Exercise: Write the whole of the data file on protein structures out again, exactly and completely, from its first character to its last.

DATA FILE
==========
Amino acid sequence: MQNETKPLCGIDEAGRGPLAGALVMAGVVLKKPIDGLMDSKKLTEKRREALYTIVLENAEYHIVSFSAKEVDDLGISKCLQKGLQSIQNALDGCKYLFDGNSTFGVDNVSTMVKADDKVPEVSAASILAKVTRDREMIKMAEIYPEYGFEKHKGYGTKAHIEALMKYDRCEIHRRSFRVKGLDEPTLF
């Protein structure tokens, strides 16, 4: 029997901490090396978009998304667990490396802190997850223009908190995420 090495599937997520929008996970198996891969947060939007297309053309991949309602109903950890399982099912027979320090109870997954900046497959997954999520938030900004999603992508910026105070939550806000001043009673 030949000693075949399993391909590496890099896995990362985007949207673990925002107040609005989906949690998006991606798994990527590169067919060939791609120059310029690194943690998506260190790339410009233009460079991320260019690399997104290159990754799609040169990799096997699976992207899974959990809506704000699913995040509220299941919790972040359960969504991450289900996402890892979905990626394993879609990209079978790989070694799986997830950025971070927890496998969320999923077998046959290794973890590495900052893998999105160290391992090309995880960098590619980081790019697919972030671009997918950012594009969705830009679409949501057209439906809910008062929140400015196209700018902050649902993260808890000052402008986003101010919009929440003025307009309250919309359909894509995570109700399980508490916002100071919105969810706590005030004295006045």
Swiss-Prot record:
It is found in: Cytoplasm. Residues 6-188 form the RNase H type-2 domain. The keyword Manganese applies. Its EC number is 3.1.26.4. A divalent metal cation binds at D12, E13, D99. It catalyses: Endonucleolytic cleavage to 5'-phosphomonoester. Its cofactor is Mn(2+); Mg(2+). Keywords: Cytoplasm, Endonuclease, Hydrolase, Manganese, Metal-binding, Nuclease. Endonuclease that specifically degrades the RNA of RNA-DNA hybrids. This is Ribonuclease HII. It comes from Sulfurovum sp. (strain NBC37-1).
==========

Amino acid sequence: MQNETKPLCGIDEAGRGPLAGALVMAGVVLKKPIDGLMDSKKLTEKRREALYTIVLENAEYHIVSFSAKEVDDLGISKCLQKGLQSIQNALDGCKYLFDGNSTFGVDNVSTMVKADDKVPEVSAASILAKVTRDREMIKMAEIYPEYGFEKHKGYGTKAHIEALMKYDRCEIHRRSFRVKGLDEPTLF
């Protein structure tokens, strides 16, 4: 029997901490090396978009998304667990490396802190997850223009908190995420 090495599937997520929008996970198996891969947060939007297309053309991949309602109903950890399982099912027979320090109870997954900046497959997954999520938030900004999603992508910026105070939550806000001043009673 030949000693075949399993391909590496890099896995990362985007949207673990925002107040609005989906949690998006991606798994990527590169067919060939791609120059310029690194943690998506260190790339410009233009460079991320260019690399997104290159990754799609040169990799096997699976992207899974959990809506704000699913995040509220299941919790972040359960969504991450289900996402890892979905990626394993879609990209079978790989070694799986997830950025971070927890496998969320999923077998046959290794973890590495900052893998999105160290391992090309995880960098590619980081790019697919972030671009997918950012594009969705830009679409949501057209439906809910008062929140400015196209700018902050649902993260808890000052402008986003101010919009929440003025307009309250919309359909894509995570109700399980508490916002100071919105969810706590005030004295006045």
Swiss-Prot record:
It is found in: Cytoplasm. Residues 6-188 form the RNase H type-2 domain. The keyword Manganese applies. Its EC number is 3.1.26.4. A divalent metal cation binds at D12, E13, D99. It catalyses: Endonucleolytic cleavage to 5'-phosphomonoester. Its cofactor is Mn(2+); Mg(2+). Keywords: Cytoplasm, Endonuclease, Hydrolase, Manganese, Metal-binding, Nuclease. Endonuclease that specifically degrades the RNA of RNA-DNA hybrids. This is Ribonuclease HII. It comes from Sulfurovum sp. (strain NBC37-1).